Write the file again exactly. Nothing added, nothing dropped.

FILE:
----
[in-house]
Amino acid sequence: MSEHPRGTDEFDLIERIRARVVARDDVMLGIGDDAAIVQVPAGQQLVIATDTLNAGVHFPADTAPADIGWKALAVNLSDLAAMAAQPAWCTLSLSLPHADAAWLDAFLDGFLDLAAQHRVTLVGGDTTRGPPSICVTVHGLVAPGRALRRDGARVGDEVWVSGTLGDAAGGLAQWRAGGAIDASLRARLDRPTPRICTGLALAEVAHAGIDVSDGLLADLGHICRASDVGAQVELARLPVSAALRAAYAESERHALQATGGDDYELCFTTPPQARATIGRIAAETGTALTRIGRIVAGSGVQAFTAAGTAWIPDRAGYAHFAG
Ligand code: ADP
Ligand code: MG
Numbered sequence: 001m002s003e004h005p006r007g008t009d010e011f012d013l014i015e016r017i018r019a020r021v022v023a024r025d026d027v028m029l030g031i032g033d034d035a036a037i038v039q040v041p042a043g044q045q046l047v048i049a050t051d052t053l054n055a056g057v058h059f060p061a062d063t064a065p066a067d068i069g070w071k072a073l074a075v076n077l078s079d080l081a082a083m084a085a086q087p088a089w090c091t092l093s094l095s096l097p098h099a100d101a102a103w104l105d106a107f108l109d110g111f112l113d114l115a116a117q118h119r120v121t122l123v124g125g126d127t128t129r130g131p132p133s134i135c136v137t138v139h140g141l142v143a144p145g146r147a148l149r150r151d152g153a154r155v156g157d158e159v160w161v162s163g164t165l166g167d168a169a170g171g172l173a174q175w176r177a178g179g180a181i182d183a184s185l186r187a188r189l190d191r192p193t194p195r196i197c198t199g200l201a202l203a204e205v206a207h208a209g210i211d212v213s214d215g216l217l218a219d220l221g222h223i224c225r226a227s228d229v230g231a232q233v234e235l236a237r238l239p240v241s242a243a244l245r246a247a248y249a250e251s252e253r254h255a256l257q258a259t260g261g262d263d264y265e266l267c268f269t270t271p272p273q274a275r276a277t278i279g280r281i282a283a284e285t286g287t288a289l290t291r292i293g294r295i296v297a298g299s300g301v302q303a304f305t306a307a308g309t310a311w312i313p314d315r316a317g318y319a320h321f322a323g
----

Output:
[in-house]
Amino acid sequence: MSEHPRGTDEFDLIERIRARVVARDDVMLGIGDDAAIVQVPAGQQLVIATDTLNAGVHFPADTAPADIGWKALAVNLSDLAAMAAQPAWCTLSLSLPHADAAWLDAFLDGFLDLAAQHRVTLVGGDTTRGPPSICVTVHGLVAPGRALRRDGARVGDEVWVSGTLGDAAGGLAQWRAGGAIDASLRARLDRPTPRICTGLALAEVAHAGIDVSDGLLADLGHICRASDVGAQVELARLPVSAALRAAYAESERHALQATGGDDYELCFTTPPQARATIGRIAAETGTALTRIGRIVAGSGVQAFTAAGTAWIPDRAGYAHFAG
Ligand code: ADP
Ligand code: MG
Numbered sequence: 001m002s003e004h005p006r007g008t009d010e011f012d013l014i015e016r017i018r019a020r021v022v023a024r025d026d027v028m029l030g031i032g033d034d035a036a037i038v039q040v041p042a043g044q045q046l047v048i049a050t051d052t053l054n055a056g057v058h059f060p061a062d063t064a065p066a067d068i069g070w071k072a073l074a075v076n077l078s079d080l081a082a083m084a085a086q087p088a089w090c091t092l093s094l095s096l097p098h099a100d101a102a103w104l105d106a107f108l109d110g111f112l113d114l115a116a117q118h119r120v121t122l123v124g125g126d127t128t129r130g131p132p133s134i135c136v137t138v139h140g141l142v143a144p145g146r147a148l149r150r151d152g153a154r155v156g157d158e159v160w161v162s163g164t165l166g167d168a169a170g171g172l173a174q175w176r177a178g179g180a181i182d183a184s185l186r187a188r189l190d191r192p193t194p195r196i197c198t199g200l201a202l203a204e205v206a207h208a209g210i211d212v213s214d215g216l217l218a219d220l221g222h223i224c225r226a227s228d229v230g231a232q233v234e235l236a237r238l239p240v241s242a243a244l245r246a247a248y249a250e251s252e253r254h255a256l257q258a259t260g261g262d263d264y265e266l267c268f269t270t271p272p273q274a275r276a277t278i279g280r281i282a283a284e285t286g287t288a289l290t291r292i293g294r295i296v297a298g299s300g301v302q303a304f305t306a307a308g309t310a311w312i313p314d315r316a317g318y319a320h321f322a323g